Sunday, 6 July 2014

A few snippets

1. The NAPF put out a survey of pension scheme members' views on issues relating to stewardship last week. There's an interesting finding in there about what they think pension funds ought to be talking to investee companies about. Employee pay and conditions ranks above exec pay, environmental issues and so on. In practice I reckon it's near the bottom of the list of stuff that actually gets talked about. Here's the blurb:
If the primary fund of your pension provider were taking an active role in the companies they invest in, what do you think are the most important issues for them to consider?
Understandably the issue considered most important was the recent financial performance of the company (57%) with pay and conditions of employees (36%) and level executive pay (30%) a distance behind.
Notably despite the significant attention given to issues of executive pay, diversity and environmental impacts – all of which the NAPF agrees are important and material issues for many companies – these do not on the whole feature very highly for respondents.
Recent financial performance of the company57%Pay and conditions of employees36%Level (and structure) of pay for management30%Worth noting are the relative weightings given to the issues by the younger cohort. It is these employees with whom it is most important to engage with pension saving and whom will also be bearing the investment risk for the longest period of time. Given this context, it is worth noting that amongst 18-34 year olds the issue of pay and conditions of employees is considered on a par with the company’s recent financial performance (44%); in addition issues related to human rights and environmental impact are also considered significantly more important than they are amongst the wider population (28%).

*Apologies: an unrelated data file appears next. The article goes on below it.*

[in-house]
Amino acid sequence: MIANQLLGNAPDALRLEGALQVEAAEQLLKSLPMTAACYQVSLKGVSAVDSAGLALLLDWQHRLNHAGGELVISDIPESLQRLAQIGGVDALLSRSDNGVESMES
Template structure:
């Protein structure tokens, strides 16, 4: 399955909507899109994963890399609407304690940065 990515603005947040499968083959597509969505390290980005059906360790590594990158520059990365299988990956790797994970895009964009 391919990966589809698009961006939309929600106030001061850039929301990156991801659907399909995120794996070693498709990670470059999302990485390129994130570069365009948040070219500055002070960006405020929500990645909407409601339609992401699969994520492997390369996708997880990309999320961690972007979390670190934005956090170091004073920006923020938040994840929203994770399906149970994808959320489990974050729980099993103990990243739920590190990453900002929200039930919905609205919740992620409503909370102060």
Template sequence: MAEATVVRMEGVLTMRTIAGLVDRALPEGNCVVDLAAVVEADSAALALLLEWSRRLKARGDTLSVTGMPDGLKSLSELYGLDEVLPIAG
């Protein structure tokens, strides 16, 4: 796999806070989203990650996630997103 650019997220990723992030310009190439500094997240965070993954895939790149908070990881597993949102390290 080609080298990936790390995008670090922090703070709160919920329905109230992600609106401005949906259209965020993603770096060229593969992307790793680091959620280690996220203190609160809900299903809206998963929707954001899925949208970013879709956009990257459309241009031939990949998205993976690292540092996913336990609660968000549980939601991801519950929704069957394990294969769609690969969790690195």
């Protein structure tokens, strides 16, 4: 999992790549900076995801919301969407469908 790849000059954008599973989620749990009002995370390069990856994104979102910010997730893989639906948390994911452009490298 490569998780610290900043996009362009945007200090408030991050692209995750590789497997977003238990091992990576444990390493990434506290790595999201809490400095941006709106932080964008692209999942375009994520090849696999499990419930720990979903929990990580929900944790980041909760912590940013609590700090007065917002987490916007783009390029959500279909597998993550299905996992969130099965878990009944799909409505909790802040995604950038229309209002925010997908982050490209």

2. There's a been quite a lot about the motivational limits of financial incentives. I've said it before, but I do think there is a shift in opinion underway here, though the corporate governance mainstream seems absolutely determined to keep redesigning performance-related reward.

Anyway, Simon Wong has a good bit in the FT, and he's more optimistic than me that a rounder view of executive motivation is emerging. I completely agree with his ideas too - downplay financial incentives in the CG Code and make companies explain their approach to motivation. I would only add that we should make investors explain their motivational assumptions, especially when proposing another new idea to companies involving financial incentives.

There was also a bit in the NYT last week co-authored by Barry 'Paradox of Choice' Schwartz. And going back a bit, Katherine Birbalsingh gave some good comments on why performance related pay is a bad idea in teaching.

3. There was a bit in the Indy on Caledonia not donating to the Tories.

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